A valid W-8Ben form allows you to establish your foreign status. With a valid W-8Ben form on account; capital gains are exempt from all withholdings, and dividends and interest from U.S. securities are taxed according to the tax treaty between your country of residence and the US. (For China residents, the reduced interest and dividend withholding tax rate is 10% )”

    That 28% of ALL sales proceeds is a bit scary eh?!

    Of course the tax numbers will change according to the country of tax residence.

  • 14 Paul S July 16, 2014, 7:06 am

    @China Nigel,
    HL will open accounts for residents of some non-UK counties, mainly in the EU, I think. Most brokers insist on UK residence.

    The tax systems in most EU countries are as bad or worse than the UK (wealth taxes etc).

    Cyprus and Malta are exceptions and well worth consideration.

  • 15 Jumper July 16, 2014, 8:43 am

    @China Nigel, here is a description how US taxes can work against a long-term non US-resident investor.

    Suppose you live in Singapore and want to buy a ‘developed Europe’ ETF. If you buy IEV on the NYSE this is a ‘US domiciled’ fund, meaning the US will take 30% of dividends in tax. As far as the US is concerned, IEV is just another ‘US company’. Because Singapore has no tax treaty with the US this is not recoverable, so a deadweight loss (it not available as a Singapore tax credit either, because Singapore does not tax dividends). If you hold more than $60k total in US assets and die, the US will take estate tax at rates up to 40%.

    Alternatively you could buy IMEU on the LSE or other EU exchange. IMEU is domiciled in Ireland so the US cannot take a third of your dividend (and Ireland won’t) and you avoid all entanglements with the IRS. IEV and IMEU hold the same underlying EU companies, so which you choose makes no difference to the companies you hold, but returns could differ considerably over the long term due to drag on returns from US tax.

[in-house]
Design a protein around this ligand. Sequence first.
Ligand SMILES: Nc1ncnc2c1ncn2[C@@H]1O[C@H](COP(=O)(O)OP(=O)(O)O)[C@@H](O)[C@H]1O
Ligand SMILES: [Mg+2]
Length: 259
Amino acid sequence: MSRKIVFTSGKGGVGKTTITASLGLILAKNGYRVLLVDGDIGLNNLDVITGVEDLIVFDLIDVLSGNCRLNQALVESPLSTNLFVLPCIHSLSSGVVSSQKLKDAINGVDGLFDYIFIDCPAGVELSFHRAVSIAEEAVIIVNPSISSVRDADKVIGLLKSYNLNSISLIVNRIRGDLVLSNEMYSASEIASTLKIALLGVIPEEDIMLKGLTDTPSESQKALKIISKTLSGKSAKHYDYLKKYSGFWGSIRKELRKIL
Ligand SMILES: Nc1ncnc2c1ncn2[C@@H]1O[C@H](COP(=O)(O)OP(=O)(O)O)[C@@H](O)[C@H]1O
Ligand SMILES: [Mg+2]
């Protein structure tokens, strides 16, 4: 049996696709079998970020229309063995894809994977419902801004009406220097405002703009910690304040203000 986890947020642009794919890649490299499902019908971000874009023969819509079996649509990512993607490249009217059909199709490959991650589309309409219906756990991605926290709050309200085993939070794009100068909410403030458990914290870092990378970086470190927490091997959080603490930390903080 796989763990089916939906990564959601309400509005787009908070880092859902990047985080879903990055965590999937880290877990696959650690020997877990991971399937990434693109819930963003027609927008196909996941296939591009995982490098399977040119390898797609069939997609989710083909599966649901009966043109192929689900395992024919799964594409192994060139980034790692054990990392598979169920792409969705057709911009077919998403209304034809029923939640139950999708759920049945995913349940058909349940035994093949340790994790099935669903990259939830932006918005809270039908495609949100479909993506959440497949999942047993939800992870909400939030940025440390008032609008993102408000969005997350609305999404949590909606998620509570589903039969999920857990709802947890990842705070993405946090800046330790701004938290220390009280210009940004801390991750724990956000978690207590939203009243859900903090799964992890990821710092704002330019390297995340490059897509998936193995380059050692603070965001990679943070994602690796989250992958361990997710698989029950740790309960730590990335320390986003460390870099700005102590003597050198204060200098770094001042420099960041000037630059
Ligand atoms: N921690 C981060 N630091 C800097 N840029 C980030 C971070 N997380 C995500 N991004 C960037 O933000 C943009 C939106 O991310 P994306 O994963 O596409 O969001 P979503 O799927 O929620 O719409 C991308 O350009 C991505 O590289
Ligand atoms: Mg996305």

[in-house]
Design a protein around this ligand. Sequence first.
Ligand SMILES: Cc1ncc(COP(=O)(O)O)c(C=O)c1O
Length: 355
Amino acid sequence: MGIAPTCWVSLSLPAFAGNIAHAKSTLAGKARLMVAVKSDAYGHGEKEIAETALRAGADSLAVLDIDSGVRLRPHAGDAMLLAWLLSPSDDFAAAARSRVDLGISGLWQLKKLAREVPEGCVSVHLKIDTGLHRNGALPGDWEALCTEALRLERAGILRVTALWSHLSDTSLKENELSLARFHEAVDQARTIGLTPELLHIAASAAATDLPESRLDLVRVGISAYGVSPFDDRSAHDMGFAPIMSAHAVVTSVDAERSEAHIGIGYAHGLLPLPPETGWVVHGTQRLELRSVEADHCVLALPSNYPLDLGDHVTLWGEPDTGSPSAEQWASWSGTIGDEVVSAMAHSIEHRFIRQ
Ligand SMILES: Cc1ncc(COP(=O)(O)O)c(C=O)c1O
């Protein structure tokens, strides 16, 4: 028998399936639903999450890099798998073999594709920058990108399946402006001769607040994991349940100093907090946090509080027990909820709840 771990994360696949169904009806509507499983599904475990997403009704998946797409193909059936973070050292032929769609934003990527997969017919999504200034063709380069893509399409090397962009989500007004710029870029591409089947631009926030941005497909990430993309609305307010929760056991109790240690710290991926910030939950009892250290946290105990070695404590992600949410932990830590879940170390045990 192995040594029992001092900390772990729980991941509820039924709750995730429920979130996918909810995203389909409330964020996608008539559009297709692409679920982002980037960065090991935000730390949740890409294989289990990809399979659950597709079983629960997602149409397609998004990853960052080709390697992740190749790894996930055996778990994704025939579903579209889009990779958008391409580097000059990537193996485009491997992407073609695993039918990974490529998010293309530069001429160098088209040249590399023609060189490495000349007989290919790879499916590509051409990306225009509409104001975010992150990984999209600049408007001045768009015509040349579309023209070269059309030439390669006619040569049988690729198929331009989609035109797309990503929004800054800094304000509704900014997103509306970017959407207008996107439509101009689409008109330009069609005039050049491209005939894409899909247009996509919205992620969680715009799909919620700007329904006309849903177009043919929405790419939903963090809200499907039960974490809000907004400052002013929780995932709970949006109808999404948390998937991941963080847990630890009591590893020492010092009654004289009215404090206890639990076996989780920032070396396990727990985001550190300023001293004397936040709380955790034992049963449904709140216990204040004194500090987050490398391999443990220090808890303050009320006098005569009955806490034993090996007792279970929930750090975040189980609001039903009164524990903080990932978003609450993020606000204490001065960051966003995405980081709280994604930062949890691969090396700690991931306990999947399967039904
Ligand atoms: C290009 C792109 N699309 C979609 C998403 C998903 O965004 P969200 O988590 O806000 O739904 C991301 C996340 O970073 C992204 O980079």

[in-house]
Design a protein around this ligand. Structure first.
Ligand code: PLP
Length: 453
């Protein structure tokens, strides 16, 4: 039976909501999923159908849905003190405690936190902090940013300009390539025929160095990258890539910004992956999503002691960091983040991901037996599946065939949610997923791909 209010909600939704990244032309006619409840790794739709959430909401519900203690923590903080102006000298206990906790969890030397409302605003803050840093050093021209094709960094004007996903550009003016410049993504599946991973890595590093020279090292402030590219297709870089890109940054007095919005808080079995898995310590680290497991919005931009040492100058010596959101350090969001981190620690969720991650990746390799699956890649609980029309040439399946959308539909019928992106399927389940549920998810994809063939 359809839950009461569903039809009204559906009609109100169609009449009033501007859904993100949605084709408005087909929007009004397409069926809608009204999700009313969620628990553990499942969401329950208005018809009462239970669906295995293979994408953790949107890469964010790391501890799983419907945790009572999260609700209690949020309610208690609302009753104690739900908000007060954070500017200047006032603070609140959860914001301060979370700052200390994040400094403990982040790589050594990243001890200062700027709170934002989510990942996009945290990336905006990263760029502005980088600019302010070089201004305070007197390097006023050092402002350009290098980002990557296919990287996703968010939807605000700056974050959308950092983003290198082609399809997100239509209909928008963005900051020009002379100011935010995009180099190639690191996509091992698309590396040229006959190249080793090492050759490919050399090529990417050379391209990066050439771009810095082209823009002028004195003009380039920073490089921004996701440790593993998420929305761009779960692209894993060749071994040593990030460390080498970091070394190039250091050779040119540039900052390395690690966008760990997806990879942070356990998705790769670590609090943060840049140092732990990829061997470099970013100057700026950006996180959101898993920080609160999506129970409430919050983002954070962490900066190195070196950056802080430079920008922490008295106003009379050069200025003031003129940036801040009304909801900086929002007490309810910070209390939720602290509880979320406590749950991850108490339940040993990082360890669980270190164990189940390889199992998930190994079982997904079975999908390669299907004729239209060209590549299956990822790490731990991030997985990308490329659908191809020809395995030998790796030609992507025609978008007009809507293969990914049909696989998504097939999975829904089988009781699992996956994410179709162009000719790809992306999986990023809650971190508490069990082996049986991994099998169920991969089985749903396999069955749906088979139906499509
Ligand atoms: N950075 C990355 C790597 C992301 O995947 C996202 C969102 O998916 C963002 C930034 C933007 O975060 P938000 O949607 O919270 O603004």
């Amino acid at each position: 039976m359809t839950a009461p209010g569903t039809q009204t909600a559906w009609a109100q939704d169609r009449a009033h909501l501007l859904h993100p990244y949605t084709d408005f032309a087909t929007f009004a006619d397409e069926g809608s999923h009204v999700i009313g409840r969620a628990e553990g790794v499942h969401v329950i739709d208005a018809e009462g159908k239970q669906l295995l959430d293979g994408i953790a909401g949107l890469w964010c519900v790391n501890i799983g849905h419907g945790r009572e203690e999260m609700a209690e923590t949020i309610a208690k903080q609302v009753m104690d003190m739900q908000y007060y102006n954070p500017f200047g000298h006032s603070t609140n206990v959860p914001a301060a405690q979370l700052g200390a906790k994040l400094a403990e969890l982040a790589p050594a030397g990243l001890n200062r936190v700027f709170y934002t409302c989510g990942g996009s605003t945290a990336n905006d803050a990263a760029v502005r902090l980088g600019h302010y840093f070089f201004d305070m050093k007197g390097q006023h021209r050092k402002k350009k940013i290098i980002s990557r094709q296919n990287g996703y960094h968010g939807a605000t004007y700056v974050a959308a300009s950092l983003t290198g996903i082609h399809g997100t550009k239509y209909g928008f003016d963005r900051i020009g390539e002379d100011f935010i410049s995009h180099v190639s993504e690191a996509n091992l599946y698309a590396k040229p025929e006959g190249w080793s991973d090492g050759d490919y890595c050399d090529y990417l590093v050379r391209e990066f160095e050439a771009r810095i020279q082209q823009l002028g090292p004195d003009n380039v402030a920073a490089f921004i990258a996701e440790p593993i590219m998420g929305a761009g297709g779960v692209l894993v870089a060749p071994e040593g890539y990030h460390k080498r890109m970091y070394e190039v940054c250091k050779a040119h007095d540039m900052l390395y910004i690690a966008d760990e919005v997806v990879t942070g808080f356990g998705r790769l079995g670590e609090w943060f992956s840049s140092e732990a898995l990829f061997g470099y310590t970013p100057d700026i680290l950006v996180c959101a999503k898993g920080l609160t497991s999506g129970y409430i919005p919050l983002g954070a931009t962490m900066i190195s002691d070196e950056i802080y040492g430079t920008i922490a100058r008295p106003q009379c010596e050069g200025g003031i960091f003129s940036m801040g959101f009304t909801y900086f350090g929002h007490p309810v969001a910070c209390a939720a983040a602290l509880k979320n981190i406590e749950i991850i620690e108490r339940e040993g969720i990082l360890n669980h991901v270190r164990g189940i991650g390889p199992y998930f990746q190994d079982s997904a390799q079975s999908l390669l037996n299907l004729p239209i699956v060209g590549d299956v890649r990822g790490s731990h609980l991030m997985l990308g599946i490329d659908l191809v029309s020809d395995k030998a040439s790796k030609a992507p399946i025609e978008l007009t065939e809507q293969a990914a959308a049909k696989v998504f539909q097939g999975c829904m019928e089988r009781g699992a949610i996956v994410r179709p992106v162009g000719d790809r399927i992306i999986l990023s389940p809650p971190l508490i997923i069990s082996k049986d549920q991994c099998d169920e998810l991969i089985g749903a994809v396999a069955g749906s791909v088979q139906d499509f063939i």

The above is a clear example of why one might avoid a US domiciled fund, but not all are so well defined. If you live in a tax treaty country the dividend rate is normally 15%, and if you can take that as a local tax credit it might tip the balance, especially if the US ETF’s TER is lower (note however that while many countries have income tax treaties with the US, only a very few have estate tax treaties). Also where the fund invests matters. If it holds US stocks then the fund may have to pay US tax on the dividends internally anyway; this should show up in the TER.

    Bottom line: consider the TER, the US (or other) country dividend withholding tax, and any local tax credit availability when deciding on which ETF to buy to cover a given geographic region. Also, don’t forget US estate taxes if your holdings exceed $60k, and bear in mind that the tax and regulatory environment in the US is generally hostile to anyone not in the US (google FATCA for more).

  • 16 Stephen Gauden-Ing July 16, 2014, 1:47 pm

    @ Mike

    Having read Investing demystified by Lars Kroijer, I’m doing the same. It feels almost too simple, but I like his arguments, low trading costs and limited need to rebalance global exposure,.

    @ Jumper

    Thanking you for post, I’ll give Uncle Sam a wide berth.

  • 17 Neverland July 16, 2014, 2:43 pm


    Life time allowance

  • 18 Neverland July 16, 2014, 3:05 pm

    @ Paul S

    I had identified Malta and Gibraltar as being possibilities

    I had ruled out Cyprus on the basis that the recent bank account confiscation wasn’t going to be a one-off when the country is nearly bankrupt

  • 19 The Accumulator July 16, 2014, 7:52 pm

    @ Paul S – I was ignorant of the difference between residence and domicile. Thanks for bringing me up to speed on that one.

    @ all – thank you for your excellent contributions. Am enjoying the thread and dreaming of retirement in sunny climes.

  • 20 China Nigel July 17, 2014, 2:02 am

    Excellent response, thanks!
    As I said, and you have also identified, it is very important to consider your own local situation.
    Everywhere has its good and bad points and, in my case, China is no exception. Mainly due to security of my funds I would not want to use a local broker of any kind. Sorry to any Chinese readers but the “regulatory” environment here is very undeveloped and scary!